A horse that stumbles can give us quite a momentary shock, but when your horse stumbles regularly, we need to start looking into the root of the issue. Here are a few reasons why your horse might stumble and what you can do to help.
A horse that is riding hollow with his head high is unbalanced and on the forehand, and may stumble more frequently. Same can be said for a horse that is leaning on the bit like a fifth leg, as soon as the pressure on the bit is released they may stumble, which is their attempt to avoid faceplanting in the dirt.
Ensure you use the correct exercises for true self-carriage. If you horse is unable to engage his core, go back down the training scale and start again.
Some horses are born with abnormal conformations, especially in the legs, may be more prone to stumbling than others.
There may not actually be a fix for this, but ensure you horse has the best self-carriage training to minimise the issues. It is also worth consulting with your chiropractor to see if there are any physio exercises to improve the issue.
Current injuries may create pain and result in limping and stumbling as a result. Also, past injuries, particularly long-recovering ones to the hips, shoulders, legs or feet, may have put the horse off balance as they favoured the injured side.
For current injuries, rest, recovery and possible farrier/veterinary attention are recommended. For previous injuries, have a chat to your chiropractor.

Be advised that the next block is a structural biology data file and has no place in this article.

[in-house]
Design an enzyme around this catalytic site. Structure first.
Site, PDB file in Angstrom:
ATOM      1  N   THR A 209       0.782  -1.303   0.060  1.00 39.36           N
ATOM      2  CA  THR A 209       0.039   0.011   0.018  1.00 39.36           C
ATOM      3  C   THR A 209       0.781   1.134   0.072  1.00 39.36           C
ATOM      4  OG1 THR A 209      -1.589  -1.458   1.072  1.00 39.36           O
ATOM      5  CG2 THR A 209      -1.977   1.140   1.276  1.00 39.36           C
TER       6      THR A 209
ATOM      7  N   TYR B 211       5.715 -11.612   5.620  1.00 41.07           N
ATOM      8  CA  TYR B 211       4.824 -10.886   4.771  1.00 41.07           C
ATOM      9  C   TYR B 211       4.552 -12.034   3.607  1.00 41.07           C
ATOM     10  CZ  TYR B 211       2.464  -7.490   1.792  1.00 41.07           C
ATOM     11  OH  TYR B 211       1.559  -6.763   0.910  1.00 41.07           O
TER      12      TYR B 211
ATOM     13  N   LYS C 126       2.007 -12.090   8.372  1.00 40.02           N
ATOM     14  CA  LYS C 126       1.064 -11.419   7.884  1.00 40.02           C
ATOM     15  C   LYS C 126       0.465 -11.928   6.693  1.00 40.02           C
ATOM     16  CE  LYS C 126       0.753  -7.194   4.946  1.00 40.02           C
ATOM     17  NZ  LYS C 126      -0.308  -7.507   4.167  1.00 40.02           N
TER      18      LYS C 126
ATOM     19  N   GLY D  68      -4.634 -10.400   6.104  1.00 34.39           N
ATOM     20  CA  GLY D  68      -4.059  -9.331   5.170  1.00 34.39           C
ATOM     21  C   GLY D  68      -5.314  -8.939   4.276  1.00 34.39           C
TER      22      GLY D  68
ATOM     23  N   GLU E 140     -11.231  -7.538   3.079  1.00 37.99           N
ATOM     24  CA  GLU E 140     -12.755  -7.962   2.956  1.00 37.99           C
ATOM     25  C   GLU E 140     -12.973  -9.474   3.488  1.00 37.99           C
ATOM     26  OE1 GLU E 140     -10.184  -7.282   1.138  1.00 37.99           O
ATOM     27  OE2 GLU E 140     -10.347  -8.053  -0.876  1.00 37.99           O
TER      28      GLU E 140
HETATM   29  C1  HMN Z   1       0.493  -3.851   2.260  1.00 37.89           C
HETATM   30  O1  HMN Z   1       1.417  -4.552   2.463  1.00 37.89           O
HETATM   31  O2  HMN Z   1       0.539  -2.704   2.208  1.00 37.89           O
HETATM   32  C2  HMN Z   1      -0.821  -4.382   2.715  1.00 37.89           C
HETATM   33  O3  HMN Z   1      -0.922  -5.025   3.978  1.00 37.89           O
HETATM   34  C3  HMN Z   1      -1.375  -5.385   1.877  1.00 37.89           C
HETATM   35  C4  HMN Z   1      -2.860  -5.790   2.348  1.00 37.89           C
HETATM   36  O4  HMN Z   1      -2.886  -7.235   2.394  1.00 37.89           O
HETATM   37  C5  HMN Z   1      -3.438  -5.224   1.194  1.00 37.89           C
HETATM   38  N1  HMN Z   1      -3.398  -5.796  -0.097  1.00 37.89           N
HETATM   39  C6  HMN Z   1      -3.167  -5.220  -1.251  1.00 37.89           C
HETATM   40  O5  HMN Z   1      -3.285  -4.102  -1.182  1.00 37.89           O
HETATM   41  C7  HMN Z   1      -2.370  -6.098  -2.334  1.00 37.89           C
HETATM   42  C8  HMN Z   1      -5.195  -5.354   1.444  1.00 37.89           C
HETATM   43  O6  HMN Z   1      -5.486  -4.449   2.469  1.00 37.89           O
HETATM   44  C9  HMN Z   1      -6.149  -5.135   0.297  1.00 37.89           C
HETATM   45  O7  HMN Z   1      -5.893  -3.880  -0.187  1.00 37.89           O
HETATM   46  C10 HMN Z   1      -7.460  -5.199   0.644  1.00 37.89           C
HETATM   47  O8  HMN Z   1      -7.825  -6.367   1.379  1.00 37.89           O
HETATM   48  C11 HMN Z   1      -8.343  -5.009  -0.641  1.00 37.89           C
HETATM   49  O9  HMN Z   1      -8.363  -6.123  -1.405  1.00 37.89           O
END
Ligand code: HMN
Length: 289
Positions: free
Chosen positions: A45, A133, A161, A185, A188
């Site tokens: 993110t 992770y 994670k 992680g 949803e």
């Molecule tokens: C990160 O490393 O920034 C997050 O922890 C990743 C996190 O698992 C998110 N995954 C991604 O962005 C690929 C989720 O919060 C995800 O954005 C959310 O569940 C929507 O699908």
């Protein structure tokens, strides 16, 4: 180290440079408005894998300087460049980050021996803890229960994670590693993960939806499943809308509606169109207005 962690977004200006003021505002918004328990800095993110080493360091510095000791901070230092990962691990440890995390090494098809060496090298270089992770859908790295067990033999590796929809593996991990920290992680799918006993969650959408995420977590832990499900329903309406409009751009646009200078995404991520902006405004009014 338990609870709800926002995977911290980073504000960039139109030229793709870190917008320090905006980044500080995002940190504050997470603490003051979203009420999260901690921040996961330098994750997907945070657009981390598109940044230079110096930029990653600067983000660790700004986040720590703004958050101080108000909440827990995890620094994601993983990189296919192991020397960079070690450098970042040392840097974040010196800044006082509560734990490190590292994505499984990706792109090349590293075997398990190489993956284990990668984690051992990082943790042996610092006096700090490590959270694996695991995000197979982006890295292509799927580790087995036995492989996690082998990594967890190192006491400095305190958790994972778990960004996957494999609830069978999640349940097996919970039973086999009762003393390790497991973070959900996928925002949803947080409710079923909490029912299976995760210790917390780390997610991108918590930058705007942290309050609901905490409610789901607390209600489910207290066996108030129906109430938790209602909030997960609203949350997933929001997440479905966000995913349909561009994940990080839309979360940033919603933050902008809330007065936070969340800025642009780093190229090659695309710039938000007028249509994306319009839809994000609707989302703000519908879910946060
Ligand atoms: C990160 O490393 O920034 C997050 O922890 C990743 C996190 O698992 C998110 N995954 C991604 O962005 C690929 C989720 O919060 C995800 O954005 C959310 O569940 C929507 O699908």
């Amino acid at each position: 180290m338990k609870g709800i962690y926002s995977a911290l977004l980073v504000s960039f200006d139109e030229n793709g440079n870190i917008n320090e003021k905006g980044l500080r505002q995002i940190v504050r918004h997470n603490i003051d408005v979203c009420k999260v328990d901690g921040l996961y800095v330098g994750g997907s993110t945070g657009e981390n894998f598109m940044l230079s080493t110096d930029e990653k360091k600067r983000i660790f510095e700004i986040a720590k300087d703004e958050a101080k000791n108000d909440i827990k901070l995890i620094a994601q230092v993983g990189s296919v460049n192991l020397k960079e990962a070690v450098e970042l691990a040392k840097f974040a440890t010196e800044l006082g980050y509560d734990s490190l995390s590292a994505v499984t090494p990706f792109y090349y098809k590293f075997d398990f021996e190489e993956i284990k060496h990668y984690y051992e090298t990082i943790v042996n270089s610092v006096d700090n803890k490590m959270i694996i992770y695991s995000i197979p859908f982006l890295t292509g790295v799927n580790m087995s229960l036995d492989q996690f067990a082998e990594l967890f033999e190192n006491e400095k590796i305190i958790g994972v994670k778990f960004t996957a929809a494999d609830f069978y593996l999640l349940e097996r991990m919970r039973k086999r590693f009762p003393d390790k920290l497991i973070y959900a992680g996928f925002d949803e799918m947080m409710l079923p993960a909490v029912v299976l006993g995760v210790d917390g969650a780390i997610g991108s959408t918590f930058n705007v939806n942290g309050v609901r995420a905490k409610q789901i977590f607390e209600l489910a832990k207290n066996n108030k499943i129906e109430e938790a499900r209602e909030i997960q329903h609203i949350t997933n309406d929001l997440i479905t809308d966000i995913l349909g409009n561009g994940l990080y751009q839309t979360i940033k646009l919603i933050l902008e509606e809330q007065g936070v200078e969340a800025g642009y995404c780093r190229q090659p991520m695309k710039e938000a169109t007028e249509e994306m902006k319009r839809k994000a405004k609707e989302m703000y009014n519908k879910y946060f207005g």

A horse that is not fit will tire quickly and stumble. A horse that is also pushed to his fitness limit will tire and stumble.
Recognise the level of fitness of your horse. Identify when you start to feel him tire and allow him to rest. Gradually increase his fitness by extending his training to the point where he is just starting to tire then allow rest again.
Horses with arthritis will tend to be less able to move the joints fluidly or less comfortable fully weight-bearing on one limb over others, and can lead to stumbling.
Unfortunately arthritis cannot be cured, but we can alleviate the pain with good supplementation or under veterinary advice. Also ensure you use gentle warm up exercise (this may take longer than other horses) and train for self-carriage. Regular gentle exercise is a must as is regular rest. You can read our article on how to manage arthritis here.
Hooves that are poorly maintained or too long can create stumbling issues.
Maintain regular farrier visits. Ensure the farrier is cutting to the right length and angle. If you are unsure or unhappy with your farrier, seek a second opinion.